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News for Alumni and Friends, August 2016
August 2016: Meliora Weekend registration; improving physician training; Twitter a boon for researchers; research on sustaining passion; summer reading


Meliora Weekend Registration Is Open

Register today for Meliora Weekend, October 6 to 9, as headliner tickets are selling quickly. Trevor Noah Live has sold out, but there will be a free simulcast event in Hubbell Auditorium. Enjoy weekend entertainment such as food trucks and student performances at the Meliora Village, Yellowjackets football against the St. Lawrence Saints, the new Edmund A. Hajim Science & Engineering Quad Dedication and Celebration Barbecue, the Scholar Showcase, Eastman concerts, MEL Talks, and the Rochester Dinner Revue. Check out the full event schedule to plan your weekend and show your Meliora spirit by using #URMW16 on social media.

Rochester to Help Lead National Initiative to Improve Physician Training

The Medical Center is one of eight physician-training grounds in the United States selected to lead a four-year, nationwide effort to improve residency training for doctors. Read more...

10 Years Later, ‘Inconsequential’ Tweets Are a Boon for Researchers

Ten years after the first tweet appeared on the web, Twitter has become fertile ground for researchers interested in tracking social, cultural, and political trends, including topics such as disease outbreaks, the dynamics of campaigns, and consumer preferences. Read about how Twitter is used in research at Rochester.

Come on Baby, (Re)light My Fire

A new study, coauthored by Harry Reis, professor of psychology, indicates that there are ways that couples can sustain—or relight—their passion. Read more...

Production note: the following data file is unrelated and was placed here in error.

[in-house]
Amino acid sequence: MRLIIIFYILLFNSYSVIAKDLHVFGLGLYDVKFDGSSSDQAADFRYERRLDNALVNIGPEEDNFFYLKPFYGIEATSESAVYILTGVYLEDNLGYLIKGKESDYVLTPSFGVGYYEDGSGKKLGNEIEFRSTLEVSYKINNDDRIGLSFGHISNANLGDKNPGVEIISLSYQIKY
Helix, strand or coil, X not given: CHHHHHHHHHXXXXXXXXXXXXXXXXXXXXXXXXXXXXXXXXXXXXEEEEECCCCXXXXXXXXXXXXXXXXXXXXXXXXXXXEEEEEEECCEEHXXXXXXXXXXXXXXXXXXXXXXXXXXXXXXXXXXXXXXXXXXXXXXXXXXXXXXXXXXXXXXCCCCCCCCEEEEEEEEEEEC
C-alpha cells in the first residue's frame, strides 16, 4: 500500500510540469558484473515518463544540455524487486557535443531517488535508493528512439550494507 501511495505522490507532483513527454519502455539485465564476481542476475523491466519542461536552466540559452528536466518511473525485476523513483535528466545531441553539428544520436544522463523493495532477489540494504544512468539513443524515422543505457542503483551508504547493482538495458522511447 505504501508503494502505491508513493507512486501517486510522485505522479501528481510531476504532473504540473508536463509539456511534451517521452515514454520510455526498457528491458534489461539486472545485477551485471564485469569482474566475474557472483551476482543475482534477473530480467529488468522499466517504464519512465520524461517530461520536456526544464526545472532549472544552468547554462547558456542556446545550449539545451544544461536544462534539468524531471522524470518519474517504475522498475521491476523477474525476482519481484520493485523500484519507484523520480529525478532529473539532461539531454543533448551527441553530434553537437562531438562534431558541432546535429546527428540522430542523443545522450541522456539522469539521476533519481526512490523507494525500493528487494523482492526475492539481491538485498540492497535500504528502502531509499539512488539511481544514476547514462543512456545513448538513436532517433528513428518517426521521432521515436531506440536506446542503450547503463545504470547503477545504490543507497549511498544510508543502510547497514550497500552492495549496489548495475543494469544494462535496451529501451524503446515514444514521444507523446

Looking for a Little Summer Reading?

A few members of the faculty share their recommendations for books, music, and videos not to be missed. Read more...

In Goethe’s Novel Families, Love Is All That Matters

Can a family be effective only if it consists of a biological pairing of a man and a woman who produce their own offspring? In his early 19th-century literary works, Johann Goethe pointedly raises questions such as this—still debated today—and concludes that what really matters is not the gender of spouses and partners, or the lineage of their children, writes Susan Gustafson, the Karl F. and Bertha A. Fuchs Professor of German Studies, in her recently published book, Goethe’s Families of the Heart. Read more...

Your Rochester Connections


Regional Alumni Challenge Winner Named

Alumni in the Mid-Atlantic region had the highest participation rate in the Regional Alumni Challenge. The University thanks everyone who participated and made an impact on the institution.
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